4. How should those of us who believe in righteousness by faith understand the “without blemish” goal? Does it mean our goal is to put on Jesus’ robe of righteousness? (There are two things going on that we must not confuse. We are saved, as sinners, because of Jesus righteousness alone. Our works do not save us. But, once we are saved by grace alone, Jesus has a greater goal for us - to live as unblemished lights in a “crooked and twisted generation.”)
    7. Read Philippians 2:16. What is the “word of life?” (The gospel, what the Bible teaches us about salvation and how we should live. This is what holds us in place when surrounded by a “crooked and twisted generation.”)
      1. What is the “day of Christ?” (The success of Paul’s teaching to the Philippians becomes clear at the Second Coming of Jesus.)
    8. Read Philippians 2:17 and Numbers 28:7. How does the writer (Paul) view his work for the Christians at Philippi? (He sacrifices himself so that they can learn about the gospel.)
      1. Normally, we do not like to give up ourselves in order to benefit others. How many times have you heard the question, “When do I get my way?” What emotion does Paul feel as a result of his self-sacrifice? (He says that he is glad and rejoicing, and he asks them to join him in that.)
      2. Are people attracted to those who rejoice and are glad?
    9. Let’s take stock. We started out with the conclusion (therefore) that Jesus love for others resulted in His exaltation. Do the verses that follow (that we just studied) suggest that is also true for us?
  1. Having the Right Attitude
    1. Read Psalms 37:1-2. We just discussed that we are living in a crooked and twisted generation. Should we envy what they have? (No. The Bible tells us that they will not have it for long.)
      1. Is “long” your entire life?
    2. Read Psalms 37:3-4. The question I just asked was to make you think about whether your entire life here would be one of tolerating evil and waiting for vengeance. What do these additional verses tell us about our life here on earth? (If we delight in God, He will give us the desires of our heart.)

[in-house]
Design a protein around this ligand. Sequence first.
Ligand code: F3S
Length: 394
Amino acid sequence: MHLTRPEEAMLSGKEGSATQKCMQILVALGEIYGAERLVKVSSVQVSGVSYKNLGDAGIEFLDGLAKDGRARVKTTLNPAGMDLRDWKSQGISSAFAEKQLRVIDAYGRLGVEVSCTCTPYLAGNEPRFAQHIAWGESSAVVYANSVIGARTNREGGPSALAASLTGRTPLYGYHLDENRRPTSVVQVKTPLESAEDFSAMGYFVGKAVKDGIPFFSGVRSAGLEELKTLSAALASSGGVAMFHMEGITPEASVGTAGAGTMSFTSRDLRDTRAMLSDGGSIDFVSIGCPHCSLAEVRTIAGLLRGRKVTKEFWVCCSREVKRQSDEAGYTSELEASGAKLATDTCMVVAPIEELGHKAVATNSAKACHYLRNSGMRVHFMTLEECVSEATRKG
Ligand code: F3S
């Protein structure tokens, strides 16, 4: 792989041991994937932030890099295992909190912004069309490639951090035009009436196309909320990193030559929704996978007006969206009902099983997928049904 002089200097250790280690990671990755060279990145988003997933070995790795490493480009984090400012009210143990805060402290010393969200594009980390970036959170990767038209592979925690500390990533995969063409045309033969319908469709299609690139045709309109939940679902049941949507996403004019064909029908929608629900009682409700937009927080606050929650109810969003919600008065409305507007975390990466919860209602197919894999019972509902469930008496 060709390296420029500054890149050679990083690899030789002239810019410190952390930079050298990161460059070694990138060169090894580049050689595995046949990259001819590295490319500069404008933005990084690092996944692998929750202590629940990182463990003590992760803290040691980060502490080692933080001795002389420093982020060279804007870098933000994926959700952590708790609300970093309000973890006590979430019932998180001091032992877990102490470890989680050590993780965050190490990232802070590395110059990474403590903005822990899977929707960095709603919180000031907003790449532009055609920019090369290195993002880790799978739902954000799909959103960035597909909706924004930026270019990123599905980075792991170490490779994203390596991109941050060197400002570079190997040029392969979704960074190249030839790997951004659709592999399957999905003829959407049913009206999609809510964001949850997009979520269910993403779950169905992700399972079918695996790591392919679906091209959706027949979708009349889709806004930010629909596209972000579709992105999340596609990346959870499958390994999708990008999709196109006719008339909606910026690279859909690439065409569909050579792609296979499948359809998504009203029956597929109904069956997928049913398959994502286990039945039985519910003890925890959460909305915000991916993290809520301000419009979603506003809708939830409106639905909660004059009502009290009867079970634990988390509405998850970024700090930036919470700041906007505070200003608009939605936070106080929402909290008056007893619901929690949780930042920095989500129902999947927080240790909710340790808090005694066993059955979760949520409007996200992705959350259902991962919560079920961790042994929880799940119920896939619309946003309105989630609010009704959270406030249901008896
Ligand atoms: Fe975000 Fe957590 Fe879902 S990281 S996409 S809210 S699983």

1. What is the desire of your heart? Is it a Rolls Royce? Is it a life of peace and joy?
      2. Should your desire be consistent with delighting in God?
      3. If you are not certain, what should you do?
    3. Read Psalms 37:5. Is this the answer to the last question? (Notice that Psalms 37:3 also tells us to trust God. Trusting God is part of delighting in God. This combined attitude of trust and delight shapes what we desire in life.)
      1. The last phrase of this verse says “and He will act.” How will God act? (We are told that God will do something. He is not sleeping, and He is not too big to notice our problems.)
    4. Read Psalms 37:6. When we considered Philippians 2, we learned that a goal of our life is to be a light to help others understand the gospel. How does this Psalm tell us that we can do that? (It says that God brings forth our righteousness and justice. This relationship (trusting and delighting) in God produces a positive, attractive, lifestyle.)
    5. Let’s skip down and read Psalms 37:8. What attitudes should we avoid? (Anger and wrath. Sometimes when I see evildoing it makes me mad. This anger makes me consider taking “justice” into my own hands.)
      1. What does this text tell us about that kind of attitude? (It “tends only to evil.” The instruction is “fret not” - “don’t worry about it.”)
    6. Read Psalms 37:9-10. Who administers justice? (The great God of heaven will give us the land and will cut off the evildoers.)
    7. Friend, have you done an “audit” of your life? Are you living by the word of God? Are you light and not darkness? Is the attitude of your heart right? If not, why not ask the Holy Spirit, right now, to come into your heart and give you the attitude that results in delighting in life and rejoicing. If you live a life like that, people will think that you know what you are talking about when you teach the Bible!
  2. Next week: We start a new series on “Making Friends for God: The Joy of Sharing in God’s Mission.”